While the DOE claims they are only responding to parent choice, the Success Academy network spends millions on marketing and advertising to inflate their applications.  In 2009-2010, according to Juan Gonzalez, they spent “$1.6 million just for publicity and recruitment of new students… That means Moskowitz spent about $1,300 on marketing for every new enrollee.
Even so, the classes at Upper West Success were under-enrolled after it moved into the Brandeis HS building in 2011. This is from Noah Gotbaum, parent leader and CEC member in District 3: 
…we estimate that Eva spent over a million dollars on recruitment/marketing for Upper West Success alone in 2010/2011 school year.  According to Eva, and to SUNY, her charter authorizer, this effort generated a wait list of 1400 kids, on top of 188 lottery "winners".  
Yet according to DOE records, in 2011/2012 Upper West Success was only able to fill 164 of its authorized 188 Kindergarten and 1st grade seats (an estimated marketing cost of some $6000 per enrollee).
Why did/does she need to spend all that money?  Because the "huge" demand and "enormous" waiting lists claimed by Success, and by Citizens of the World, and by the charter lobby are, for the most part, fictitious.  Either that, or the screening out and cream-skimming of applicants by Eva and other charters is so great that out of 1400 on the waitlist they were unable to find 20 kids THEY would be willing to accept.
We asked Success Charter how this could be and didn't receive an answer.  Then we asked the DOE, and they directed us to SUNY.  SUNY then directed us to Success Charter's Board of Directors.  No response. So CEC3 FOILed for information on the lottery/matriculation/enrollment process.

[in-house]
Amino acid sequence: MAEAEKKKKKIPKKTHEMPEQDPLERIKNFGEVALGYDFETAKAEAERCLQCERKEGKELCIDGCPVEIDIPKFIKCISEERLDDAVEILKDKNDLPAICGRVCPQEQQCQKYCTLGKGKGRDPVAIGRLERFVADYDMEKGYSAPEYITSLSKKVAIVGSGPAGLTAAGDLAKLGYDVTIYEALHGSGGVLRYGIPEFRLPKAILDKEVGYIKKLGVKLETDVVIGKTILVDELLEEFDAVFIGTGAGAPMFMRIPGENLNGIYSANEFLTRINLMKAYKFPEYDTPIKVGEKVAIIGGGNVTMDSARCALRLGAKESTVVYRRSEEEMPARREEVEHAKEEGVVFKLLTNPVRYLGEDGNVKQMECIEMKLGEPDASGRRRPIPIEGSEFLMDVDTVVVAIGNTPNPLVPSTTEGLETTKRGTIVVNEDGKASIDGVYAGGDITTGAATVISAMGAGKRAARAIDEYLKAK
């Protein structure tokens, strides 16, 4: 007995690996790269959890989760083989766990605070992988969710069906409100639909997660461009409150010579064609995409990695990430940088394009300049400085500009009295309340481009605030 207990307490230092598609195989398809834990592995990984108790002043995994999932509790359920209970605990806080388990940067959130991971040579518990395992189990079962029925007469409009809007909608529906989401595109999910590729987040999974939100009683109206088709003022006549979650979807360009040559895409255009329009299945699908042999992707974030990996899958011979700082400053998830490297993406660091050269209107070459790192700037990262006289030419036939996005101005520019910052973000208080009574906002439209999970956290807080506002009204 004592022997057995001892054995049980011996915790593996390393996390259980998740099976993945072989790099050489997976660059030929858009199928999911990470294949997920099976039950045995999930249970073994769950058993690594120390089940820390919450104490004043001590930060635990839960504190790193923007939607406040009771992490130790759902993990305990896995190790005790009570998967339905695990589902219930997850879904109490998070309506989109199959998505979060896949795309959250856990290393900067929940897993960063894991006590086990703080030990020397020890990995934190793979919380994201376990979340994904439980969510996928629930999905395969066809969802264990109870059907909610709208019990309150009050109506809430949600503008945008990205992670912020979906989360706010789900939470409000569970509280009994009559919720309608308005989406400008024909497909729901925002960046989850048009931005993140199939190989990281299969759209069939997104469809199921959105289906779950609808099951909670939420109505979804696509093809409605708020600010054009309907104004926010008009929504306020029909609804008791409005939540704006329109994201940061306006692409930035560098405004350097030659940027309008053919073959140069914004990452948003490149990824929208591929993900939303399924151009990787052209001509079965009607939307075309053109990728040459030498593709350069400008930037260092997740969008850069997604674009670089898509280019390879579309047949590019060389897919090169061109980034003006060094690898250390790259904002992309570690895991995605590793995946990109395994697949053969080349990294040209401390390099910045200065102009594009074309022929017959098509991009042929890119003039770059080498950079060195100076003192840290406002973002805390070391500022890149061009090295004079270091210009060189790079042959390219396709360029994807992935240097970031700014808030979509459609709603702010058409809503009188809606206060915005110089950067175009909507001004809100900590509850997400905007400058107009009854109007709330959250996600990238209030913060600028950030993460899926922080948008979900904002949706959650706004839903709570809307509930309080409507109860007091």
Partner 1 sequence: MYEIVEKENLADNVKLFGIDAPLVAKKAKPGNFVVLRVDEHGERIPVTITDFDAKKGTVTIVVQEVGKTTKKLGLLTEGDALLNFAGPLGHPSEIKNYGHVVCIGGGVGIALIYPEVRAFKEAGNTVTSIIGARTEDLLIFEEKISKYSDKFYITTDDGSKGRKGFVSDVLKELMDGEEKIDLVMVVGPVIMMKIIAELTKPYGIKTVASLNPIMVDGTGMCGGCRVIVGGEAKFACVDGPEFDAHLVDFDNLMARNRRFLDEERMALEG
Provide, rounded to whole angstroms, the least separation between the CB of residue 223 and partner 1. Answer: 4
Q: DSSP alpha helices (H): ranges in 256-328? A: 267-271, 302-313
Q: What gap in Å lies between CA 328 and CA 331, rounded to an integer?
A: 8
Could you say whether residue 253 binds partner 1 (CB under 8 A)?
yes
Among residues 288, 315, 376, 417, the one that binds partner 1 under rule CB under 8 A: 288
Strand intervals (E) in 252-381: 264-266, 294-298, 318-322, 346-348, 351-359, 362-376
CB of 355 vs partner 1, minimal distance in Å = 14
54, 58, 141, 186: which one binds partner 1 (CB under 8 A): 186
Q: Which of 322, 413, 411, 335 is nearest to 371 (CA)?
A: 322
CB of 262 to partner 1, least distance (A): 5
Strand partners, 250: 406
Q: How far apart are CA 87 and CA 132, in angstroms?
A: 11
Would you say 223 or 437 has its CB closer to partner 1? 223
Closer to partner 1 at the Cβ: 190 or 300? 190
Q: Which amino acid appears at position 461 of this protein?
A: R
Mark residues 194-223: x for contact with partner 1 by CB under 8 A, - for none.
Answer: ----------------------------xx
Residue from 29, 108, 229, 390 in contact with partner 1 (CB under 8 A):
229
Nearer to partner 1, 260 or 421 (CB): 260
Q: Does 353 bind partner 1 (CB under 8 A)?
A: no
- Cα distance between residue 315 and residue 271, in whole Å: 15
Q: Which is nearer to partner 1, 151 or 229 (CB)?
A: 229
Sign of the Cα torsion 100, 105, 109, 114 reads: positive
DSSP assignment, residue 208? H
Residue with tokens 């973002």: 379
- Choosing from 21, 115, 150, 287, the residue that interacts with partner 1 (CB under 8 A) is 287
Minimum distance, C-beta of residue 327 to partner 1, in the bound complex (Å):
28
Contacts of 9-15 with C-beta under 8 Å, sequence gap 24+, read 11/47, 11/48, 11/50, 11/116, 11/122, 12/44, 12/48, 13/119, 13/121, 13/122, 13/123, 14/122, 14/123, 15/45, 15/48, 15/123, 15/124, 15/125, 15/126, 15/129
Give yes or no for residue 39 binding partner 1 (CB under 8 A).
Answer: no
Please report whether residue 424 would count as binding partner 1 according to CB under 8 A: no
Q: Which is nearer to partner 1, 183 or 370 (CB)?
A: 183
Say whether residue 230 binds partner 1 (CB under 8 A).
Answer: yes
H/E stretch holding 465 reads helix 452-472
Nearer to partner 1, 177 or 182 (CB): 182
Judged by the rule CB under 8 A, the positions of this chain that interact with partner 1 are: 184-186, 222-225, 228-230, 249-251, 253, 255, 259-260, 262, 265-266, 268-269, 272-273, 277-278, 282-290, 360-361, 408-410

That was 3 years ago. We are still waiting.  
Similarly, Democracy Prep Charter in Harlem was forced to send mailers to try to recruit applicants as far south as Lower Manhattan, Girls Prep charter offered cash rewards this year to individuals who recruited more students to the school, and it was recently revealed that Citizens of the World charter is so under-enrolled that it may be closed, though it originally claimed great demand.
 
Moreover, it is also clear from the abundance of comments at public hearings that the vast majority of parents oppose these proposals – and these parents’ choices are being ignored.  Just check any of the Public comment analyses on the DOE webpage.  In many of these summaries, every single parent who spoke opposed the co-location, as well as representatives of the Community Education Councils and elected officials.
But these proposals were put forward not by parents or members of the community, but engineered by former Deputy Chancellor Marc Sternberg, who on Oct. 4 left the DOE to work for the Walton Foundation.  The Walton Foundation bills itself as the largest private supporter of charter school start-ups in the country.
Here is a chart showing the amount of funding the Success charters have received since 2009, according to the Keystone State Coalition, totaling $4.64 million dollars.
Success Charter Network
 $1,000,000.00
2012
Success Charter Network
 $1,000,000.00
2011
Success Charter Network
 $1,310,000.00
2010
Success Charter Network 
 $ 60,000.00
2009
Success Charter Network 
 $1,270,000.00
2009

The fact that Sternberg devoted his last few months to enable this chain to expand in alignment with the goals of his future employer is an obvious conflict of interest.
To sum up, the expansion of charters and the DOE's granting them free space in our public school buildings is neither parental choice nor a free market at work.  Instead, these plans reflect the overriding preferences of the Bloomberg administration and privatizers to maximize and facilitate the corporate takeover of our public schools – even when it severely damages the safety and quality of education of our students, including the highest needs children in the system.